Policy Research in Macroeconomics

How does Labour rebuild trust on the economy? Listen to the public

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This article was cross-posted from Labour List where it was published on the 14th January, 2021.

Labour has a steep hill to climb to regain the public’s confidence that it can be trusted to manage the economy. I get that. And Labour has to recover from a catastrophic electoral defeat – a defeat that took place under the leadership of the left.

So, given past failures, how does Labour rebuild confidence? The first requirement, in my view, is for Labour to listen to, and trust the public. Their opinion, and their anger at the state of the economy is justified. The public can see what you and I can see.

Over the last 30 to 40 years, politicians (widely perceived as ‘the elite’) have allowed a fundamental rebalancing to take place between capital and labour – to the massive advantage of the loosely defined 1%; and to the detriment of both low- and middle-income families. That much is clear to many voters, not least in ‘Red Wall’ seats.

Politicians around the world have allowed big corporations, banks and Silicon Valley ‘platforms’ to amass huge powers that undermine workers’ rights and their income security. Voters are living that precarious reality – and they are angry.

Over several decades, politicians privatised access to vital services like health, housing and education – raising the costs of these services (think dental and university fees, housing rents) while the life support systems that are our ‘social fabric’ were deliberately unravelled, our economic, social and environmental resilience diminished.

Most people can see that public assets (like school dinners) paid for by taxpayers have been privatised and turned over to free-marketeers for profiteering. At the same time, they watch in anger as private losses are socialised.

And the public understands (even if they’re not experts in monetary theory) that after the Great Financial Crisis the 1% were bailed out by monetary policy – thanks to the magic of something called QE. Fiscal policy – via austerity (think council cuts and stealth tax rises) – were used to shift the burden of fixing the crisis on to the 99%. A ruse that failed.

I welcome Anneliese Dodds’ statement that Labour would end the government’s excessive dependence on monetary policy. As she rightly notes, the Tory government’s failure to join monetary and fiscal policy at the hip, and instead to rely heavily on monetary policy alone, led to a rise in “inequality and concentrated economic gains in the hands of those who were already asset-rich, at the expense of those who rely on income from their labour”.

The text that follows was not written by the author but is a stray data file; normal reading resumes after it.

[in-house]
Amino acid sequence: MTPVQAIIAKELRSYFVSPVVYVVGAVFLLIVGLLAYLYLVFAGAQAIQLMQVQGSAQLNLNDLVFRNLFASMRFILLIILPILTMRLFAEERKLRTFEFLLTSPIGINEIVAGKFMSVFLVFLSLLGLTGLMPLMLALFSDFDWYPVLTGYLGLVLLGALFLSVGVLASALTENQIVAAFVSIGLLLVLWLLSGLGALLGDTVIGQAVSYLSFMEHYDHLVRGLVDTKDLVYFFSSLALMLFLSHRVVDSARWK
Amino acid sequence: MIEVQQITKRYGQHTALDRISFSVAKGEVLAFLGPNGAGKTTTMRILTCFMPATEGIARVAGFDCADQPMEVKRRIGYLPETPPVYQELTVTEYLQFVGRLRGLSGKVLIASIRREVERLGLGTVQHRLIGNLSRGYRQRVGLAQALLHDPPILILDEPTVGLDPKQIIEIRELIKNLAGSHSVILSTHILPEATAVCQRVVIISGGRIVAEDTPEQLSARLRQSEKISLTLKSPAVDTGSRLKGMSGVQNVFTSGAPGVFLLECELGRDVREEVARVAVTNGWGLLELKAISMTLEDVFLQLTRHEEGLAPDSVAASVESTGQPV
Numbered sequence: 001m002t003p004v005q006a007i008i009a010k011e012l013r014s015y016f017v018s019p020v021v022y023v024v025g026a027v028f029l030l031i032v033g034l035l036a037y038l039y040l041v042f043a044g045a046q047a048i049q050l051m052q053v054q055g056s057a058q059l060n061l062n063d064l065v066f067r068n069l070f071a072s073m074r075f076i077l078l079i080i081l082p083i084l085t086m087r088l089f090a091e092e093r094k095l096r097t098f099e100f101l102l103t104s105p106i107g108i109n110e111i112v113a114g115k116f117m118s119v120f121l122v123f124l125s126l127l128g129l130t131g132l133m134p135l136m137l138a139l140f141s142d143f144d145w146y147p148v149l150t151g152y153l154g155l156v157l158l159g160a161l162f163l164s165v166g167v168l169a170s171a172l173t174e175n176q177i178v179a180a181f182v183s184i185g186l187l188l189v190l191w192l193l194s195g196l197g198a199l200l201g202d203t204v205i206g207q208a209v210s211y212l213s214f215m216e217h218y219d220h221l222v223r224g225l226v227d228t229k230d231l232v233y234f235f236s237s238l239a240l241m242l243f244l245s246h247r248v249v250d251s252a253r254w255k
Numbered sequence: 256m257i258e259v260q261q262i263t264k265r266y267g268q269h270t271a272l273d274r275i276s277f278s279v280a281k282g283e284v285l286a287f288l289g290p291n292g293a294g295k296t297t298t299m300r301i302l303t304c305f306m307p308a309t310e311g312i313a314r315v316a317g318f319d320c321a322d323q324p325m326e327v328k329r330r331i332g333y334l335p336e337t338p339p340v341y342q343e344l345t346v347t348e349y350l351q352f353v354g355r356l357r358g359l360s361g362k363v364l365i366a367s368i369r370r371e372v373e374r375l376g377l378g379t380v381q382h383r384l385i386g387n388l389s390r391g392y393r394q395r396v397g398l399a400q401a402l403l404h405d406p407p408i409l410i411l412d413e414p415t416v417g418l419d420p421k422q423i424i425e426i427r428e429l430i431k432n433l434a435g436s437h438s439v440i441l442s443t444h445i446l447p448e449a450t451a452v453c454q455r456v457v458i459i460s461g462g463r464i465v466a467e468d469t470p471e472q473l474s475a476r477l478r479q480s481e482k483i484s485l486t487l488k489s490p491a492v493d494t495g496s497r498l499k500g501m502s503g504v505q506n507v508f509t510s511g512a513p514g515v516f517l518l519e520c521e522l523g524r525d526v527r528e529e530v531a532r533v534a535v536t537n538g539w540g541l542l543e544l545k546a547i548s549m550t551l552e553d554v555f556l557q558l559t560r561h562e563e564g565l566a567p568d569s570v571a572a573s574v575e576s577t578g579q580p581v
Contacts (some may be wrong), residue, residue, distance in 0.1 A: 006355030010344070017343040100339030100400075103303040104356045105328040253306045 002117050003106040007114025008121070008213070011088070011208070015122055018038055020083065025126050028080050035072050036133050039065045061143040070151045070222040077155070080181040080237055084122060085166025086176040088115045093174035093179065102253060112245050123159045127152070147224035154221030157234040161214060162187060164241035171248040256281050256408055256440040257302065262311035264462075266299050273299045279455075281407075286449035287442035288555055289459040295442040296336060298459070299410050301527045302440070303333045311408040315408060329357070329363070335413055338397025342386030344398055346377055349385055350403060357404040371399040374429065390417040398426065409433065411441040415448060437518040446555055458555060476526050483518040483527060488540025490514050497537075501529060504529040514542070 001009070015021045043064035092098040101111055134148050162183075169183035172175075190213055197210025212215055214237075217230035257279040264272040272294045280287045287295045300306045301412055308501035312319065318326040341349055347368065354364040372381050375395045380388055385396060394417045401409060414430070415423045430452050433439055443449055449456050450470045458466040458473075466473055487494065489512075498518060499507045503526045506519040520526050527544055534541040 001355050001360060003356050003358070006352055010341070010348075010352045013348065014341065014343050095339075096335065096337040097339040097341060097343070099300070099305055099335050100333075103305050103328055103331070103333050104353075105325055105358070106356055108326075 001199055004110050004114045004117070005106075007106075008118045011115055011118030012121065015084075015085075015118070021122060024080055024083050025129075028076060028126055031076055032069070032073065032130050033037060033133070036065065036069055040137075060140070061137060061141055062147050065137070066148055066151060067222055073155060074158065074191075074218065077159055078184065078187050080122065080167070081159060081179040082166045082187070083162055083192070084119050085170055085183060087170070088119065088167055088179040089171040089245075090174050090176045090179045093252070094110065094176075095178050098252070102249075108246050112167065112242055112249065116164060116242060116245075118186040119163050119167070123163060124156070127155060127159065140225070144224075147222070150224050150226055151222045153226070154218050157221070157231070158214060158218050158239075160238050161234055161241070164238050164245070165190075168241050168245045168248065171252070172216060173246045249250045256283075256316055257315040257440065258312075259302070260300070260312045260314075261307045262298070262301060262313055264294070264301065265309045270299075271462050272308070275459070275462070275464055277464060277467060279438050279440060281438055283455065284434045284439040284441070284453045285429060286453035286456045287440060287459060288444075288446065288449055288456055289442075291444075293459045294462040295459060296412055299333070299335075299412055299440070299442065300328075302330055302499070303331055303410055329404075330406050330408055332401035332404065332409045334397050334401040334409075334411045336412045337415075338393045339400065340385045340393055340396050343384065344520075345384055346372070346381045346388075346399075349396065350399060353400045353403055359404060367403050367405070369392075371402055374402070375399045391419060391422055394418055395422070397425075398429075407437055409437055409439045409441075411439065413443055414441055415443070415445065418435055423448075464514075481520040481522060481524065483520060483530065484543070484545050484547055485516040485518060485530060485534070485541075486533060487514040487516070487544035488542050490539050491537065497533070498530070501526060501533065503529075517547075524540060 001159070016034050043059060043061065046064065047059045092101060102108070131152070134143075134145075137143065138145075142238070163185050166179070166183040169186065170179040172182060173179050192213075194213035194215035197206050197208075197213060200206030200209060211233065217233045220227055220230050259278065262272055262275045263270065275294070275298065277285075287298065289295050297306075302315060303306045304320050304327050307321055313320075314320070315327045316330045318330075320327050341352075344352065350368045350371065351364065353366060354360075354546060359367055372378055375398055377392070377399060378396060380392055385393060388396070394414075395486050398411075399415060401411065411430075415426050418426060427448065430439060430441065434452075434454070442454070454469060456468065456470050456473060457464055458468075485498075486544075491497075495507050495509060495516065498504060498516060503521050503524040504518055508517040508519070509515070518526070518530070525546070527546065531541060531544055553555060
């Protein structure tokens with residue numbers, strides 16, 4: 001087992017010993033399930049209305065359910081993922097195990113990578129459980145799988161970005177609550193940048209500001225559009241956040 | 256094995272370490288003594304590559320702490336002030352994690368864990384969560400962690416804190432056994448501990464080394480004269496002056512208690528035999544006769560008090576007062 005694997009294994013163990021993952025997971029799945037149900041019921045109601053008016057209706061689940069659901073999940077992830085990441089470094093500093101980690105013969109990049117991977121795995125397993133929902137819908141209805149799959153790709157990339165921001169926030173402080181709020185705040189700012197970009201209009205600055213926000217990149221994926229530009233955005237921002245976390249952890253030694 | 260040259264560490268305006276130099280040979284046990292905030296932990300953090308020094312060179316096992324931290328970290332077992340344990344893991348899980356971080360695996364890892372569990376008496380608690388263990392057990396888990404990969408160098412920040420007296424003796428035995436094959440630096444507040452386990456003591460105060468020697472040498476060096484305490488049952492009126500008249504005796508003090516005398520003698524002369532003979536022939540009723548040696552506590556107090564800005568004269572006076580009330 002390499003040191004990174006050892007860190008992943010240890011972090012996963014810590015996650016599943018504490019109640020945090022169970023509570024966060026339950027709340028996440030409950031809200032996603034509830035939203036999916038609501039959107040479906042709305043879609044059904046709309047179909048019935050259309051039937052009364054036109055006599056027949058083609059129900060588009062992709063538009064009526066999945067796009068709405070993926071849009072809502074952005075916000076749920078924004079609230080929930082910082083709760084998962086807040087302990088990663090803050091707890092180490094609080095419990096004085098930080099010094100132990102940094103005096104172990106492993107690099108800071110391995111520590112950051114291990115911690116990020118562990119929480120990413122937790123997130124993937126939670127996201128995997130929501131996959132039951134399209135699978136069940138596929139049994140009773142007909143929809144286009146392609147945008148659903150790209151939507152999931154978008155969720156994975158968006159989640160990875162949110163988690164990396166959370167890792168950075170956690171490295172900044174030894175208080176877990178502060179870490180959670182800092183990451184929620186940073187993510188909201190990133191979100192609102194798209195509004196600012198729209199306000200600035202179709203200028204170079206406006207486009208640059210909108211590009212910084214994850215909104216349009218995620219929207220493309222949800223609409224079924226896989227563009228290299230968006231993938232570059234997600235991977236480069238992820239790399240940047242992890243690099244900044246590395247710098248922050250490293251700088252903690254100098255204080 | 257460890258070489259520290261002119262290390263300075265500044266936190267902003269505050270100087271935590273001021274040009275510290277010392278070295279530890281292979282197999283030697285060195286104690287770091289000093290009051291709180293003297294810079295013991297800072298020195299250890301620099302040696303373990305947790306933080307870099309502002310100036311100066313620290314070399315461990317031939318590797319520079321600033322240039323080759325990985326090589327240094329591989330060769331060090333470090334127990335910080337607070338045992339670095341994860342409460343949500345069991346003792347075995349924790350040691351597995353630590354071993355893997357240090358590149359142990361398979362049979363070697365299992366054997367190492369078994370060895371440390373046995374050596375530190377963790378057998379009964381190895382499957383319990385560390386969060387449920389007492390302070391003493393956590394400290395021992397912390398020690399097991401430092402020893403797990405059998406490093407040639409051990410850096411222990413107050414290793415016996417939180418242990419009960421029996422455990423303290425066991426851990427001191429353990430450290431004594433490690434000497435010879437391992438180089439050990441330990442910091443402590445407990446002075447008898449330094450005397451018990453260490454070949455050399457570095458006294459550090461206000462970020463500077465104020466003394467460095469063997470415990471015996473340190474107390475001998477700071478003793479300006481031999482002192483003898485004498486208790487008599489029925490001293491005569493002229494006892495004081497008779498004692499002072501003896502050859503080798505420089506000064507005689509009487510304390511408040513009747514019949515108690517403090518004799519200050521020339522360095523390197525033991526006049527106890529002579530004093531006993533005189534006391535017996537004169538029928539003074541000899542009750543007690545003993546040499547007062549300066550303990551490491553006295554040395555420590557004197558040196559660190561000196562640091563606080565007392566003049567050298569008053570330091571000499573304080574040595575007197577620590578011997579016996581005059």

But Labour must do more. It must listen to the screeching U-turns made by big international institutions like the IMF and the OECD. Their leading economists have realised that the rise of authoritarianism in India, Brazil, Europe and the United States is doing intense harm to the global economy and is in no small measure down to economic policies they previously advocated. The OECD’s chief economist, Laurence Boone, now argues that countries should not embark on a recovery by raising taxes or cutting public spending.

That much is common sense: a Labour government should not, while the economy is at its weakest, contract the nation’s income further by raising taxes and cutting investment. (Exceptions should of course be made for taxing the rich who do not pay their share.)

The very best way to balance the budget, as Dodds argues in her Mais speech, is by long-term public and private investment that creates environmentally-friendly, skilled, well-paid, secure jobs. Jobs that will both tackle climate breakdown, provide income for individuals and families – and generate tax revenues for the Treasury.

The public may not have studied the economic concept of the ‘the multiplier’ but most understand from personal experience that jobs not only generate income for the employed, but also for shopkeepers and other firms. From the point of view of the public purse, decent, well-paid, secure employment generates tax revenues for the government to ‘balance the budget’.

Labour would do well to face the electorate with just one policy – to stimulate both public and private investment in the creation of full employment. Employment in climate-related, skilled, secure and well-paid jobs. Decent, well-rewarded jobs for the nation’s young Covid generation; for our low-paid and overstretched carers; for teachers, for mature, experienced workers and professionals; for those working in critical energy, transport and land use sectors; as well as jobs for those in the arts, and in the digital sphere.

If Labour placed full employment, backed by trade union rights, at the heart of all policy-making, the party would be responding to public demand for a rebalancing of economic power between capital and labour – much as Clement Attlee’s Labour responded to public demand in the election of 1945.

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